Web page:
Pearl de Vere
- Soiled Dove of Cripple Creek
Pearl de Vere arrived in
Colorado from Denver during the Silver Panic of 1893. When the
country moved to the gold standard, millionaires, including the likes of
lost their fortunes and businesses were effected all over the city. This
included the many houses of ill-repute.
Pearl de Vere was
well known in Denver as Mrs. Martin and had obtained a small fortune from
her services to the wealthy gentlemen of Denver. However, when the
first slowdown occurred in the city, the wise Ms. Pearl headed to the
booming gold camp of Cripple Creek.
Purchasing a small frame house on Myers
Avenue, she opened up for "business” and was an overnight success. Pearl,
at 31, was described as red-haired, beautiful, strong willed, and a smart
Though little is known of her background,
historians believe that she was raised near Evansville, Indiana by a
good family, who thought that Pearl worked as a dress designer to the
wealthy wives of the area.
Catering to the more
prosperous gentlemen of
Cripple Creek, Pearl’s ladies
were the most beautiful of any parlour in the camp, wore fine
clothing, received monthly medical exams, and were paid well. And though the "good” women of
Cripple Creek shuddered at
the thought, Pearl pranced through the camp in a small open carriage,
led by a team of fine black horses almost daily. Dressed in a
different beautiful costume on every outing, her clothes were the envy
of the women and produced the desired effect on the men, as they
stared at her with longing.
Pearl de Vere's grave is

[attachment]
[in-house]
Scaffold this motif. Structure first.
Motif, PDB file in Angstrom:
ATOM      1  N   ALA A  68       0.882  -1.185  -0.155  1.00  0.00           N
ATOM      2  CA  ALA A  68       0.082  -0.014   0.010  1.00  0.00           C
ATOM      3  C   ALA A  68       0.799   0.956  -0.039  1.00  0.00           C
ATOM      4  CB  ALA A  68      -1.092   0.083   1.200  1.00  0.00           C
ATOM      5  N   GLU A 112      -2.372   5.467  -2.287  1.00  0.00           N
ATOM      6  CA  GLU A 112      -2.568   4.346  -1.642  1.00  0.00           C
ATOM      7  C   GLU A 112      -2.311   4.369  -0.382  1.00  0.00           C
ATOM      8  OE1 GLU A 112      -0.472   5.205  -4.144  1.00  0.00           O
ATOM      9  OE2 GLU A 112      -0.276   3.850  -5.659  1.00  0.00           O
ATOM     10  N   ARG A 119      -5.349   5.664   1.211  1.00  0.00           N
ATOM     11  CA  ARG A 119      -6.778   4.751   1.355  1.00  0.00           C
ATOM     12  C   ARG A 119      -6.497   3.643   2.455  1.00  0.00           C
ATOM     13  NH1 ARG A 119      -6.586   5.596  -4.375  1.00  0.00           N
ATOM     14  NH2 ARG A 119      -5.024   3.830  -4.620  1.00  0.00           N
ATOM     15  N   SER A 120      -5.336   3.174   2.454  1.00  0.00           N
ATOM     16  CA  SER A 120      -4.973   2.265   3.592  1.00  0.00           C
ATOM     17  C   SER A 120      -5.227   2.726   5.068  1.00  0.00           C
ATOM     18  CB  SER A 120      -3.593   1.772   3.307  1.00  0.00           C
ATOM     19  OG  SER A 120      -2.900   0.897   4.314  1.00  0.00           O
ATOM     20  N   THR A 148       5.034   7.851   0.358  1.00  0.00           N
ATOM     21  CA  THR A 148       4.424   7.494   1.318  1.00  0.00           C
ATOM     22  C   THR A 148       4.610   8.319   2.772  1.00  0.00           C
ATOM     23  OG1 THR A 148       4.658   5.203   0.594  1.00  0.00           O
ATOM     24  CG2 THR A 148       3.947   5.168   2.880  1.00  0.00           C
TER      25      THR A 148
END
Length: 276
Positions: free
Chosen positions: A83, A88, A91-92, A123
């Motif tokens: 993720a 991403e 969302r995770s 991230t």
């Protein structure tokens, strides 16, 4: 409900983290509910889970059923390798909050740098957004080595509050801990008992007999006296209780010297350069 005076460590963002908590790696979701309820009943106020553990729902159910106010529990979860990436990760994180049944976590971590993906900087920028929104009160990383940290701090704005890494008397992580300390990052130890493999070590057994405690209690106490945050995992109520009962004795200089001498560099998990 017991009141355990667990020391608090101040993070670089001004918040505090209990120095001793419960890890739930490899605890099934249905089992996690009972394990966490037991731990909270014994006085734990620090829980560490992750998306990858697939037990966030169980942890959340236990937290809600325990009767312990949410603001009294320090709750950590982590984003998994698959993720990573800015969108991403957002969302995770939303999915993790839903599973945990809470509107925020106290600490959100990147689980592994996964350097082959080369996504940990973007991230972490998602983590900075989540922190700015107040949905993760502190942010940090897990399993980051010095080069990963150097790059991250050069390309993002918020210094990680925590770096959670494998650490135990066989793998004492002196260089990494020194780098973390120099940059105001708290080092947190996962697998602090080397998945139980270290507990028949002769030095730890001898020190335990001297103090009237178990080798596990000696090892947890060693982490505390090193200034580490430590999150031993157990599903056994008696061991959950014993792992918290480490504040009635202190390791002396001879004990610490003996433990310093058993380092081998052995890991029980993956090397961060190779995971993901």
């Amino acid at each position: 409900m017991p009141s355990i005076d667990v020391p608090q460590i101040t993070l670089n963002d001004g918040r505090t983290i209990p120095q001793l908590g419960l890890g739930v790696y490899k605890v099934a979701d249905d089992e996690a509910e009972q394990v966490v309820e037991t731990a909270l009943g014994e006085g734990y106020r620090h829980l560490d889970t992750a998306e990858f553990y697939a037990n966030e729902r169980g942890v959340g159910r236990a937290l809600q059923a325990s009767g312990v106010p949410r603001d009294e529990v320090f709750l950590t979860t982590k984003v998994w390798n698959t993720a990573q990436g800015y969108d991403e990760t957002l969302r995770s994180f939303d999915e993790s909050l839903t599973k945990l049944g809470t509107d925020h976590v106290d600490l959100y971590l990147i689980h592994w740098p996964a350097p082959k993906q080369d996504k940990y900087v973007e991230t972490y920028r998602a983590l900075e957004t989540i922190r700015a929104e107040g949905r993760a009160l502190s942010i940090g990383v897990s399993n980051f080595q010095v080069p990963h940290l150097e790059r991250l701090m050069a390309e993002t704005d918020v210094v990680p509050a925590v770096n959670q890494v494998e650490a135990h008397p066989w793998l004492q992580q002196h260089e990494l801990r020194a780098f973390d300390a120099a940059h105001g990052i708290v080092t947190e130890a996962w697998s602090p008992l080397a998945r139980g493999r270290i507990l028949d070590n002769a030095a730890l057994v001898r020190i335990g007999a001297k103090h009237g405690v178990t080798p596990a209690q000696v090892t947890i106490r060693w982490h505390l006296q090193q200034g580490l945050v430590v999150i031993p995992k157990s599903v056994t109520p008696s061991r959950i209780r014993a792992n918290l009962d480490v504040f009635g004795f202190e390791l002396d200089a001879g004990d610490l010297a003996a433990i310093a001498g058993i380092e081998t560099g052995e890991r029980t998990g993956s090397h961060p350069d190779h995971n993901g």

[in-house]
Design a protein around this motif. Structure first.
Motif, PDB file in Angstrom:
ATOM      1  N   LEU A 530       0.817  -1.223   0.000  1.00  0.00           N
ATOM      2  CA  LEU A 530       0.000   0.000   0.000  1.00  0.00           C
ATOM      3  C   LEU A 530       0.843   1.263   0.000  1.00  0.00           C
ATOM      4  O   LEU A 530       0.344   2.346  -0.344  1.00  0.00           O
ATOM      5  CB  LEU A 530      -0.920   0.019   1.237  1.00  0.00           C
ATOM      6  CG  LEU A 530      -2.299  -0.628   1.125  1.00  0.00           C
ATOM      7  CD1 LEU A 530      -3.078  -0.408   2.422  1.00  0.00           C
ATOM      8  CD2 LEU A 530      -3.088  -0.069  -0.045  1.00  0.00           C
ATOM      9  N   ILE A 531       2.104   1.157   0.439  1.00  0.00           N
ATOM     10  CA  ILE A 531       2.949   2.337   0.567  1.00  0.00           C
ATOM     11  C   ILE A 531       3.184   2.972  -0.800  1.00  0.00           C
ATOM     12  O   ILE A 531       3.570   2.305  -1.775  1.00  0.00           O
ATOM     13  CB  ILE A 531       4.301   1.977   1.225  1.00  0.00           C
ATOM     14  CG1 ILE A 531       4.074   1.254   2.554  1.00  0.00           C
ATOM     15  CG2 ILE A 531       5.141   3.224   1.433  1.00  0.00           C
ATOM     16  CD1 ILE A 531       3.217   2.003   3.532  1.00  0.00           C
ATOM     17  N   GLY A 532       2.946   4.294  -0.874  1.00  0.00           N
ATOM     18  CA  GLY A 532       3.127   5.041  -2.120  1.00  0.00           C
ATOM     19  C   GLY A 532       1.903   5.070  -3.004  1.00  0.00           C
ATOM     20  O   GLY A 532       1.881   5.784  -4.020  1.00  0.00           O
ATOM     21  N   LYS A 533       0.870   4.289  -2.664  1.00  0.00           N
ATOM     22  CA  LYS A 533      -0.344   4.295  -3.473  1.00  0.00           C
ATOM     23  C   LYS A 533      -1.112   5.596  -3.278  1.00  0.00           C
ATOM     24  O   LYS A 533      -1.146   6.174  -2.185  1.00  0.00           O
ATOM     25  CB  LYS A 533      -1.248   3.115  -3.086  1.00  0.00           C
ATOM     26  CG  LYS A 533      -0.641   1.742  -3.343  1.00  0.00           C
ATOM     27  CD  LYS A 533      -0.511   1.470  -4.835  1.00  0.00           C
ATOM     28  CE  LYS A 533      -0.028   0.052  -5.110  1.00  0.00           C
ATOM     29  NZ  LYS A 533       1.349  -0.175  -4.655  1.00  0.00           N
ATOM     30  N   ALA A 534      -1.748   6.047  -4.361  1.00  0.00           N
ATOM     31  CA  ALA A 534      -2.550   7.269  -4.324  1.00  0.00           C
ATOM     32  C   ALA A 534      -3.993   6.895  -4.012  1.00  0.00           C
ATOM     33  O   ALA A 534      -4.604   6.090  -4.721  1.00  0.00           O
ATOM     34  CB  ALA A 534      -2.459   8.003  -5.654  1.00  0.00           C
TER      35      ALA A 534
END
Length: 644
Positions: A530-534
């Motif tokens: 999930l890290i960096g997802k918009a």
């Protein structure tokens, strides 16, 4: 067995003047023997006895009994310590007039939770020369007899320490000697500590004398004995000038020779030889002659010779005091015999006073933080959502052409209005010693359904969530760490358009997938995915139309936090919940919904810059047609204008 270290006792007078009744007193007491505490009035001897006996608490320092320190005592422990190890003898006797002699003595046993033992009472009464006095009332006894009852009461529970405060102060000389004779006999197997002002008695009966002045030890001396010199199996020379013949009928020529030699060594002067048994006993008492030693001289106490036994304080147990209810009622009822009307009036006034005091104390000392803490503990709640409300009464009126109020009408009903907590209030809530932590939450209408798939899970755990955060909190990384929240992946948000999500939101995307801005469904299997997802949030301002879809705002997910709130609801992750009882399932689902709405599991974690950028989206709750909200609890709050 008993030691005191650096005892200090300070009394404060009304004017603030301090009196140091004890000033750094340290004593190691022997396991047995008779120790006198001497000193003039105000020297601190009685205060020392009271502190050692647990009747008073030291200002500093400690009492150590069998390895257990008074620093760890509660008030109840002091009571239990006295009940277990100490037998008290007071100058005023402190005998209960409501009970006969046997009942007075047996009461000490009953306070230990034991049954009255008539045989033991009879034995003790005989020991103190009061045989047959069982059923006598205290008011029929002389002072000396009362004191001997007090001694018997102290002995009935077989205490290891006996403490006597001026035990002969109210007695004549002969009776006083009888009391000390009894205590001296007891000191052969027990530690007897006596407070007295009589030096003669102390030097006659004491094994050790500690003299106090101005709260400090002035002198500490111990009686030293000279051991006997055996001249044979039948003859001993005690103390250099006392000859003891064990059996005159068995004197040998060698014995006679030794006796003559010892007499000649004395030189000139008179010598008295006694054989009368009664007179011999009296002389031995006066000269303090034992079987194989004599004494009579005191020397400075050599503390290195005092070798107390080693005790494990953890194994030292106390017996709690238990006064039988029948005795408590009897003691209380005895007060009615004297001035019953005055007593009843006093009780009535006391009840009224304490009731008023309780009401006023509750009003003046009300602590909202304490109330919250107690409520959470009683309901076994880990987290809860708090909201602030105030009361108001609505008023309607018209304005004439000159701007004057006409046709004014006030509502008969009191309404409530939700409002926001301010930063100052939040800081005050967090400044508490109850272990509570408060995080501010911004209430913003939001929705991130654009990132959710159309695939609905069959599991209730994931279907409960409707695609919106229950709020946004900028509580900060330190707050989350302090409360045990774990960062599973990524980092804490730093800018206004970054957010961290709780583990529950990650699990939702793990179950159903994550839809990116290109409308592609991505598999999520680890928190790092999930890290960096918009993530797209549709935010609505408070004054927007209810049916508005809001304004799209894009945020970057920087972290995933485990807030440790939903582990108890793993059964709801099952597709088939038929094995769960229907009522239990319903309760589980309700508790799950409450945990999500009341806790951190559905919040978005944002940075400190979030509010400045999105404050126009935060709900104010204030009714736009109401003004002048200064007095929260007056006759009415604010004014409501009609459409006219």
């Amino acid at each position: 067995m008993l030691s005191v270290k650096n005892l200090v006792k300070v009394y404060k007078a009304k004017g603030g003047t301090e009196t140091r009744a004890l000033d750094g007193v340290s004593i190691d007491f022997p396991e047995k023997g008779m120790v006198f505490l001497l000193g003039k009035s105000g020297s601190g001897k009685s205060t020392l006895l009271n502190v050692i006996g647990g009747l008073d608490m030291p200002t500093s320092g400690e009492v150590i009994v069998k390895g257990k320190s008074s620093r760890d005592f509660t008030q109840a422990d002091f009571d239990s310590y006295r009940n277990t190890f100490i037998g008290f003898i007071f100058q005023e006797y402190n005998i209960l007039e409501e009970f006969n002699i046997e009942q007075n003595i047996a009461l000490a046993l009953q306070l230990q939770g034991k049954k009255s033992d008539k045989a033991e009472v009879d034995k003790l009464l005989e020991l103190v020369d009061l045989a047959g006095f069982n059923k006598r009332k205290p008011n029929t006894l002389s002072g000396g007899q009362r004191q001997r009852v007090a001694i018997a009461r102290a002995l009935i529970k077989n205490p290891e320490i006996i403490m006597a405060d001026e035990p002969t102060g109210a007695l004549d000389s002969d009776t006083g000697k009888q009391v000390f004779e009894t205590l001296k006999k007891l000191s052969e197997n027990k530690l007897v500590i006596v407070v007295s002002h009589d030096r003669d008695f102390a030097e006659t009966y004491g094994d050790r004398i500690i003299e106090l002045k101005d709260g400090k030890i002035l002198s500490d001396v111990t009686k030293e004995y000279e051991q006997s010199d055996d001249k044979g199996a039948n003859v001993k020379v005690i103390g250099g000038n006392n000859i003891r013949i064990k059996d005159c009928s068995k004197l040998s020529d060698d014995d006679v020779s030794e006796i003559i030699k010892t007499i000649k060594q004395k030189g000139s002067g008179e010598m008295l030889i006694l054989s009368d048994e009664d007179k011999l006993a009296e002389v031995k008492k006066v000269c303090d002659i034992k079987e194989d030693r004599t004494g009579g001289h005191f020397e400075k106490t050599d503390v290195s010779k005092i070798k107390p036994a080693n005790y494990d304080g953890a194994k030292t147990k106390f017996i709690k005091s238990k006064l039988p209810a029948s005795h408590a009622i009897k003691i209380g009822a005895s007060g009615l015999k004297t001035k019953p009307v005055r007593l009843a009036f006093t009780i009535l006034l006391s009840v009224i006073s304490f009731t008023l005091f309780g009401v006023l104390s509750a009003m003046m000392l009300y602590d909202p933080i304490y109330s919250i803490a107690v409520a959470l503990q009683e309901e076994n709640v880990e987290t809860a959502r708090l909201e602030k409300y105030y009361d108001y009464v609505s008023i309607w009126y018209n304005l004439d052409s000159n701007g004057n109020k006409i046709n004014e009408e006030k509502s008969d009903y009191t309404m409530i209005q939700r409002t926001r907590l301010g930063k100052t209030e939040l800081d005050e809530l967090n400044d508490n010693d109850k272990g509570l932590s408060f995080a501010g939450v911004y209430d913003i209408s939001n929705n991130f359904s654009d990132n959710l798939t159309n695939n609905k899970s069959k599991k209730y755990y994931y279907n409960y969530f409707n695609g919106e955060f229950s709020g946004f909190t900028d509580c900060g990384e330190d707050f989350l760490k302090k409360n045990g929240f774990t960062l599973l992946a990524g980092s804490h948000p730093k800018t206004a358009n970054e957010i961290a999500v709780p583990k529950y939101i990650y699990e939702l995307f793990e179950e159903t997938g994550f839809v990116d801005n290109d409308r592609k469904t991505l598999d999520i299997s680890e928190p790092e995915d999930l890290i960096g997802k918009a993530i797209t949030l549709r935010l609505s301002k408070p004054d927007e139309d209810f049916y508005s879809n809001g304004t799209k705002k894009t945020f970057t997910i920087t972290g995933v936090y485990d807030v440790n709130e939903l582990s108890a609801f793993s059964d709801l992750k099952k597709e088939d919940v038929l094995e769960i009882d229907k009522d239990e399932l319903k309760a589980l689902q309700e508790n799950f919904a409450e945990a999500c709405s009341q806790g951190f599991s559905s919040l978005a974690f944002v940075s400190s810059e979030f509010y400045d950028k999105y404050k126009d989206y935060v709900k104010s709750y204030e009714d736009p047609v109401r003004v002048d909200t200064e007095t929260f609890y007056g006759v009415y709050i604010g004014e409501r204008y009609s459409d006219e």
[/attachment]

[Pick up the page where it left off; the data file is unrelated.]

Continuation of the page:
still decorated with flowers, Kathy Weiser, September, 2009.
This image available for photographic prints
Horrified at Pearl’s outings and the fact that Pearl’s
ladies dared to shop on Bennett Avenue, the "good” women of the camp
complained. Soon, Marshal Wilson regulated the shopping hours of
"the girls,” allowing them to visit the stores only during "off
hours.” In addition, each "working lady” was required to pay a
six dollar monthly tax and madams were charged sixteen dollars a
month. However, business was brisk and this did little to
diminish the popularity of the parlor houses. Meanwhile, Pearl
continued her lively forays in her carriage through the streets of the
were forbidden to walk near
Myers Avenue and were made to shield their eyes when
Pearl paraded by in her fine carriage.
Soon, Pearl would meet a man
named C.B. Flynn, the owner of a small mill. The two married in
1895; however, Pearl continued to run her profitable business. Not long after they were married, a fire raged through the camp,
destroying Pearl’s business, Flynn’s mill, and most of the business
district of the camp.
The fire ruined Flynn
financially and in order to get back on his feet, he accepted a job
smelting iron and steel and Monterrey, Mexico. However, Pearl
intent on rebuilding her business. And rebuild, she did, with
the finest parlour house that the city had ever seen. Opening in
1896, the two-story brick building was named "The Old Homestead.”
Pearl spared no expense in decorating the opulent parlour, importing
wallpaper from Paris and outfitting it with the finest of hardwood
furniture, expensive carpets, crystal electric chandeliers and
leather-topped gaming tables. The house even included a
telephone, an intercom system, and two bathrooms, at a time when such
things were mostly unheard of.
Four lovely girls